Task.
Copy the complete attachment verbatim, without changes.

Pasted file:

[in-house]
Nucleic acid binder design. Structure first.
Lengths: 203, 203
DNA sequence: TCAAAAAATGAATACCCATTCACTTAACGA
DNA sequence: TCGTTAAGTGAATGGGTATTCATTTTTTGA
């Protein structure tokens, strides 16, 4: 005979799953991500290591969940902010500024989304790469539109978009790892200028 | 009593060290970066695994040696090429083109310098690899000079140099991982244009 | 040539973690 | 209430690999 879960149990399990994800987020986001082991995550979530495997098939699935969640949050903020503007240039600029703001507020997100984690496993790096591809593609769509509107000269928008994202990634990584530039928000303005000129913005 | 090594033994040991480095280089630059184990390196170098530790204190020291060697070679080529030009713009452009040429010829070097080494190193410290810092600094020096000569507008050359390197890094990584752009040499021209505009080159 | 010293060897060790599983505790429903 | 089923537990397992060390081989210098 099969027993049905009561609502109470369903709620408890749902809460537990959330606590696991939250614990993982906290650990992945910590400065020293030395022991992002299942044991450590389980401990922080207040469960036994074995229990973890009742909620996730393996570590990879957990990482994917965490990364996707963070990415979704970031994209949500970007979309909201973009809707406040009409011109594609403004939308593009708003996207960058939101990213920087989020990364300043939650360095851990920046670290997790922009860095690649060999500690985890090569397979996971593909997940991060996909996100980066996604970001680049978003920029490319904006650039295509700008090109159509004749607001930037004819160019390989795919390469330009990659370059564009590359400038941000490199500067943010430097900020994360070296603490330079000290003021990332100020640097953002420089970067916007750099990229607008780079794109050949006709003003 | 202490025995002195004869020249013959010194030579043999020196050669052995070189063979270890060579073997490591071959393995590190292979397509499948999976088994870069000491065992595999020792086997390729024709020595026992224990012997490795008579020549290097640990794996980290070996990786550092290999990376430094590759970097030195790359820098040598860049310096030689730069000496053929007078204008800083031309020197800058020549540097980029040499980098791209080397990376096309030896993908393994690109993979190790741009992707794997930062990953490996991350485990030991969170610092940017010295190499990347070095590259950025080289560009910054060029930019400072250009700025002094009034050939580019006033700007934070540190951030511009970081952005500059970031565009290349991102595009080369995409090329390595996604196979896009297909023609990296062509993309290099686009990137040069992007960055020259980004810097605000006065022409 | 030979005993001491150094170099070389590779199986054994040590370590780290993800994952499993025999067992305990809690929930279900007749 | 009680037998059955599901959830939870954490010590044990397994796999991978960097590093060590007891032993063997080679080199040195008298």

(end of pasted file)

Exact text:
[in-house]
Nucleic acid binder design. Structure first.
Lengths: 203, 203
DNA sequence: TCAAAAAATGAATACCCATTCACTTAACGA
DNA sequence: TCGTTAAGTGAATGGGTATTCATTTTTTGA
């Protein structure tokens, strides 16, 4: 005979799953991500290591969940902010500024989304790469539109978009790892200028 | 009593060290970066695994040696090429083109310098690899000079140099991982244009 | 040539973690 | 209430690999 879960149990399990994800987020986001082991995550979530495997098939699935969640949050903020503007240039600029703001507020997100984690496993790096591809593609769509509107000269928008994202990634990584530039928000303005000129913005 | 090594033994040991480095280089630059184990390196170098530790204190020291060697070679080529030009713009452009040429010829070097080494190193410290810092600094020096000569507008050359390197890094990584752009040499021209505009080159 | 010293060897060790599983505790429903 | 089923537990397992060390081989210098 099969027993049905009561609502109470369903709620408890749902809460537990959330606590696991939250614990993982906290650990992945910590400065020293030395022991992002299942044991450590389980401990922080207040469960036994074995229990973890009742909620996730393996570590990879957990990482994917965490990364996707963070990415979704970031994209949500970007979309909201973009809707406040009409011109594609403004939308593009708003996207960058939101990213920087989020990364300043939650360095851990920046670290997790922009860095690649060999500690985890090569397979996971593909997940991060996909996100980066996604970001680049978003920029490319904006650039295509700008090109159509004749607001930037004819160019390989795919390469330009990659370059564009590359400038941000490199500067943010430097900020994360070296603490330079000290003021990332100020640097953002420089970067916007750099990229607008780079794109050949006709003003 | 202490025995002195004869020249013959010194030579043999020196050669052995070189063979270890060579073997490591071959393995590190292979397509499948999976088994870069000491065992595999020792086997390729024709020595026992224990012997490795008579020549290097640990794996980290070996990786550092290999990376430094590759970097030195790359820098040598860049310096030689730069000496053929007078204008800083031309020197800058020549540097980029040499980098791209080397990376096309030896993908393994690109993979190790741009992707794997930062990953490996991350485990030991969170610092940017010295190499990347070095590259950025080289560009910054060029930019400072250009700025002094009034050939580019006033700007934070540190951030511009970081952005500059970031565009290349991102595009080369995409090329390595996604196979896009297909023609990296062509993309290099686009990137040069992007960055020259980004810097605000006065022409 | 030979005993001491150094170099070389590779199986054994040590370590780290993800994952499993025999067992305990809690929930279900007749 | 009680037998059955599901959830939870954490010590044990397994796999991978960097590093060590007891032993063997080679080199040195008298």